If working on machinery breakdowns can be “fun,” Robert Johnson has what is needed to enhance that experience: a fully equipped 60-by-100-foot farm shop, complete with an office, kitchen, bathroom and shower, and two repair trucks loaded with tools, parts and then some.
Johnson, who raises corn, soybeans and spring wheat near Clearbrook, Minn., built his shop in summer 2010 after outgrowing his previous shop — a 40-by-40-foot partition in a large pole shed.
“Sixteen-foot-high doors hindered getting in with equipment, and it was small,” Johnson says.
He spent a couple years visiting other farm shops to gather ideas, and he worked with a nephew who is a building contractor. Together, along with local professionals in electrical, plumbing and engineering, they designed Johnson’s dream shop and coordinated work schedules to get it done efficiently.
Extensive stability, comfort
Along with conveniences, Johnson focused on comfort and stability in his new shop. He wanted warmth inside and decided to go with a closed geothermal heat recovery system that required 12 heat recovery wells to be drilled. Geothermal uses well water to keep the shop interior warm in winter — including the floor — and cool in summer. Johnson keeps the inside temperature around 68 to 70 degrees F.
Twenty-foot-high building sidewalls are 12 inches thick, with insulation that is double-wrapped in plastic, he notes. Last winter, it cost $165 per month to heat the building.
It turned out to be fortuitous that Johnson wanted his shop to be designed to withstand 90-mph winds. That meant installing 18-inch I-beams to support end walls and doors and using 12-inch C-channels. When 88-mph winds ruined on-site grain bins in 2016, his shop withstood the damaging gusts. He currently has six 50,000-bushel grain bins, and a 35,000-bushel wet grain holding bin that feeds the dryer.
Security inside and out of his shop is very important to Johnson, too. The farm shop site has a full security monitoring system that includes three 360-degree zoom cameras (two outside and one inside), and smoke detection and automatic direct-dialing of the sheriff and fire departments. In addition, Johnson can access the cameras via an app on his cellphone and iPad.
“When I’m harvesting, I can watch the grain dryer and trucks unload,” he says. Another plus? When he is on vacation, he can check the app to see his shop and grain bins.
“This lets me monitor them from anywhere,” he adds.
Walk around the inside Johnson’s shop and you’ll note these features:
• a large cabinet filled with Lawson products — nuts, bolts, clamps and electrical supplies — that a local sales rep visits to restock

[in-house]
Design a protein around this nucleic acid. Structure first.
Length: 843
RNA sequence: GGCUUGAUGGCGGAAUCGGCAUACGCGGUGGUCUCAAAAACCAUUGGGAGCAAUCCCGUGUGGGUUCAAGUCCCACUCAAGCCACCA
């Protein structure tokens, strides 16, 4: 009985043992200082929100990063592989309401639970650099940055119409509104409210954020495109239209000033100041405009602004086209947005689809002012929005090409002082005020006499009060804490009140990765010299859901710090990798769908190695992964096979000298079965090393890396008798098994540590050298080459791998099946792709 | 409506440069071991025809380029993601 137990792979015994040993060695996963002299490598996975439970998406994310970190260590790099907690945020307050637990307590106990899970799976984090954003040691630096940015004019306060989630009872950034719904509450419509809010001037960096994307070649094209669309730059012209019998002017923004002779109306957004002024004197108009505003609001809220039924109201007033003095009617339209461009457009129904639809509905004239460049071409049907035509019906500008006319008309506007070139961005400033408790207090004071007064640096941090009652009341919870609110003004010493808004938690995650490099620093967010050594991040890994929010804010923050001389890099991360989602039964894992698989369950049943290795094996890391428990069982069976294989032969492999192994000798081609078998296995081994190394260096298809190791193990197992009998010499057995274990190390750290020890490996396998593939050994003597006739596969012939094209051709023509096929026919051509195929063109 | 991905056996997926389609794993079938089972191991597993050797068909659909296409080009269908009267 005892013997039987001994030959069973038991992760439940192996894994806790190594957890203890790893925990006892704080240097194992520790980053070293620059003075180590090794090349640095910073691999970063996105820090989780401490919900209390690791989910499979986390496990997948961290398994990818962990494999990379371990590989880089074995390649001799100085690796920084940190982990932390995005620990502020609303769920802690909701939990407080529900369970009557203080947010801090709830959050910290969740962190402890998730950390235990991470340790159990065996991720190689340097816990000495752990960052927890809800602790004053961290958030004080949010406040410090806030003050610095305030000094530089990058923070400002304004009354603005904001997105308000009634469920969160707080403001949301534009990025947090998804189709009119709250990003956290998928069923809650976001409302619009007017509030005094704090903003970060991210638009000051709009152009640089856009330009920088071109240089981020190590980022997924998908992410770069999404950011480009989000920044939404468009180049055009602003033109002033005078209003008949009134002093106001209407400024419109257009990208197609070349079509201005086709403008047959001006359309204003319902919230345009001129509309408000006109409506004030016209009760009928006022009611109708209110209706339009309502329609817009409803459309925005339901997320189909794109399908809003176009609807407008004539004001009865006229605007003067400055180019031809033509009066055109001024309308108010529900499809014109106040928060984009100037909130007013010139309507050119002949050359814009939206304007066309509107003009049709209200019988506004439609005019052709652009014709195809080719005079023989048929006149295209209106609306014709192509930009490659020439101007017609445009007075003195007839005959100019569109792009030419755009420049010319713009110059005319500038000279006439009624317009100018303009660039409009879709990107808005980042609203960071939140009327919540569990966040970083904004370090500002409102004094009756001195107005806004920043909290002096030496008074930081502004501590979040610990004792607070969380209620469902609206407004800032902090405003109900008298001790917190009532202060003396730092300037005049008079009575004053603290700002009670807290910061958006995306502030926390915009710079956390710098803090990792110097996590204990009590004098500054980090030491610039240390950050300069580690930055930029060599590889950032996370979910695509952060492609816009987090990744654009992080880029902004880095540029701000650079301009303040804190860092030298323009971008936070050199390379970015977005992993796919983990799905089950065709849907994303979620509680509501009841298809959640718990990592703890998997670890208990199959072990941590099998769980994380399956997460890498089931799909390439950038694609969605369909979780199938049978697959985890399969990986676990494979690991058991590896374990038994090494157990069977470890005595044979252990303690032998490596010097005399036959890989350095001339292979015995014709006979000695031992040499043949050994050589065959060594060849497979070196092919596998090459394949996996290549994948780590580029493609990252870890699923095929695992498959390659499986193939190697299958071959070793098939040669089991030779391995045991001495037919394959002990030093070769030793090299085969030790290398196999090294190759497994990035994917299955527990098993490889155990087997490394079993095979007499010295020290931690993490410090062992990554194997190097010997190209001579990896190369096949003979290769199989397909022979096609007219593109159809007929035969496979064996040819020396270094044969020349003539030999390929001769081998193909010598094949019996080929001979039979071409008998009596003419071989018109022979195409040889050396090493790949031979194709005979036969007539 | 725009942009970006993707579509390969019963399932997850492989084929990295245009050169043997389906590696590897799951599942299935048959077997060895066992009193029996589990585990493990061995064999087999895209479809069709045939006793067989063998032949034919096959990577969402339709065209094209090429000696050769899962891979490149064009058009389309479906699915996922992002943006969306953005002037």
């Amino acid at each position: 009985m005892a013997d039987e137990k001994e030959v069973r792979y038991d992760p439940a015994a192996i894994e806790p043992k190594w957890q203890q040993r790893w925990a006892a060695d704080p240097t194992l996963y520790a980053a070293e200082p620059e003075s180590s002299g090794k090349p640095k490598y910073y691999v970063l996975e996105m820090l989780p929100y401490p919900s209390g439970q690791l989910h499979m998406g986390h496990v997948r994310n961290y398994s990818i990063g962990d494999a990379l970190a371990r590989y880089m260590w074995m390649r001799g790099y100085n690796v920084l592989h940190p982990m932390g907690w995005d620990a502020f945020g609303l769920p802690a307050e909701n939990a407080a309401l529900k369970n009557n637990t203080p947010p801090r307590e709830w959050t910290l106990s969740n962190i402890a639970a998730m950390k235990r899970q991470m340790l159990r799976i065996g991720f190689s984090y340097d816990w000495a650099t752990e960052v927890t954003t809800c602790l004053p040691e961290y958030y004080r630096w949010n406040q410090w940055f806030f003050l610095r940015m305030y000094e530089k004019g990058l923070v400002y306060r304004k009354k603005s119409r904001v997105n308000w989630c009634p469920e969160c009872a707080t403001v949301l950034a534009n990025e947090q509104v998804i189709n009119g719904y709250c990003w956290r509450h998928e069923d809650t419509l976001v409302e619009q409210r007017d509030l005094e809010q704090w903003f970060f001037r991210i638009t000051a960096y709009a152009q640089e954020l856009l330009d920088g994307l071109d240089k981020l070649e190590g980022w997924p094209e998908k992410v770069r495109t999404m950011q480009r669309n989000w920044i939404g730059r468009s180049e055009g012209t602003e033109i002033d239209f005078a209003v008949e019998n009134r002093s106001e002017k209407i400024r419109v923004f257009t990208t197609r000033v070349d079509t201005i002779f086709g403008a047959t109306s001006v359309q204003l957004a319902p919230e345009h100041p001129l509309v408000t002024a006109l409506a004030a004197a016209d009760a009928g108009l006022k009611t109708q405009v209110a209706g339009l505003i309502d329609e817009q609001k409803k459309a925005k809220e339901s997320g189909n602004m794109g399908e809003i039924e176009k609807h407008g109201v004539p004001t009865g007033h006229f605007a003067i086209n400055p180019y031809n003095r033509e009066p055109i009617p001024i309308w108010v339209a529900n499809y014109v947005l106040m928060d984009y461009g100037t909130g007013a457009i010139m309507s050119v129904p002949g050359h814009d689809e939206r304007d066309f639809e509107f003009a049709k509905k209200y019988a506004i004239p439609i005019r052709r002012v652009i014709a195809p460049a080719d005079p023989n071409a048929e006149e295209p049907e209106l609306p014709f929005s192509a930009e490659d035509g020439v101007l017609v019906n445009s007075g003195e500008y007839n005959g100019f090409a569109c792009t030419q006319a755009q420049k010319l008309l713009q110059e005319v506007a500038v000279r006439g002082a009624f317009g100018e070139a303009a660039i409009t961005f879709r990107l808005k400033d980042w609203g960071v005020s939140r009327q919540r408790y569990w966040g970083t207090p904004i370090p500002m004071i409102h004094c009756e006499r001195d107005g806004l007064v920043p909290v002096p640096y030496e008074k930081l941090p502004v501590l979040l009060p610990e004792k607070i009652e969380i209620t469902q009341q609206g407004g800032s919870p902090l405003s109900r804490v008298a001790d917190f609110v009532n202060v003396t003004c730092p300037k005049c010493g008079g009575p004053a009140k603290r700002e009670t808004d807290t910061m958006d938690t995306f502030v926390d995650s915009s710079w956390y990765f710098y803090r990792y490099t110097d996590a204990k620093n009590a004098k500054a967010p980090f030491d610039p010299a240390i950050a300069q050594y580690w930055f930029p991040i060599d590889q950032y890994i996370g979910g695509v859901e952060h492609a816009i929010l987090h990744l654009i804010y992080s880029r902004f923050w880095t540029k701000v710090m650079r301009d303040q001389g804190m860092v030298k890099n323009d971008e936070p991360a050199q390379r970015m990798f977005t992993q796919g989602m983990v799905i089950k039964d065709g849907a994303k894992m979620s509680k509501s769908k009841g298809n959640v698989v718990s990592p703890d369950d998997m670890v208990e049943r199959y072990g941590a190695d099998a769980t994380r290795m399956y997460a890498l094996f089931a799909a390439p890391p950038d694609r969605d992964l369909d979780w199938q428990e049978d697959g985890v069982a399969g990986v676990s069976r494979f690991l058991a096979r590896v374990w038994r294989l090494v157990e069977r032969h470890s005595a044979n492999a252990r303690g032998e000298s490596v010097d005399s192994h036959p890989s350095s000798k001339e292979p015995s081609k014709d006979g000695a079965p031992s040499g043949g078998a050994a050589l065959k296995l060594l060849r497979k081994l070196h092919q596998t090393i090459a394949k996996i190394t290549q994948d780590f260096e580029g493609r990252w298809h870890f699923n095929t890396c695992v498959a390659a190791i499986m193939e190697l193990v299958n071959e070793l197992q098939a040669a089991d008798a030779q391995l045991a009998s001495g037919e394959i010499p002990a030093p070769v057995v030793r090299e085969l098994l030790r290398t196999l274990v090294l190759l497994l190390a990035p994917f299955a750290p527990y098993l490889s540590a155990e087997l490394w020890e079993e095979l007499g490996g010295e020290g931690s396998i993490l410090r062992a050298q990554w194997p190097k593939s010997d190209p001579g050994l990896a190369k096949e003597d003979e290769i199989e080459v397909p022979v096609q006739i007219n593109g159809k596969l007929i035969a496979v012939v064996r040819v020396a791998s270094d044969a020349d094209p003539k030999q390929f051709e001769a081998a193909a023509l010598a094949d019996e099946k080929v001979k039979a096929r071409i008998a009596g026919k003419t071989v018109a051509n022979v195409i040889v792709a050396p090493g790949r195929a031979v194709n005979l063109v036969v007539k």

• hydraulic line repair supplies — hoses and all required fittings
• a welding hood on a chain hoist to raise and lower the hood as needed
• a red coiled tube suspended from the ceiling that hooks up to machinery exhaust and pipes it outside
• a large air compressor system with copper tubing that runs around the perimeter of the shop, allowing access via ½-inch and ¾-inch quick couplers inside and outside
• floor drains that carry potential oil spills to outside storage containment
• a full kitchen and dining area
Repairs in the field
Nearest to the kitchen side of the shop, two service repair trucks are parked.
There’s a 1-ton 1976 Chevy that Johnson outfitted in 2003 with everything imaginable to make repairs in the field. From the cab to the back, there are toolboxes, welding supplies, an air compressor, lights and a fuel tank.
Later, he upgraded to a Ford F-550 — the first Ford Johnson says he has ever owned — and loaded that with parts and equipment for in-field repairs. From a Tommy lift in the back, a hydraulic lift, an air compressor and eight compartments storing parts and tools, Johnson has everything within reach to fix machinery on the go. Plus, the truck carries a first-aid kit and a fire extinguisher.
“I’m really pretty satisfied with my shop,” Johnson says. If he were to add something, he might install a floor lift, so he could hoist vehicles to work underneath them.
Other folks like Johnson’s shop, too.
“Last fall, I had two mechanics here to do work on equipment under warranty that needed specialty tools,” he says. “They were happy to be here.”
Factor in two fully stocked trucks that streamline in-field repairs, and you’ve got some well-outfitted farmers ready to tackle whatever needs fixing.
“My brother commented that it was going to be fun to have a breakdown with all of this,” Johnson says.
Well, maybe not quite “fun,” depending on the circumstances. Definitely, well prepared, though.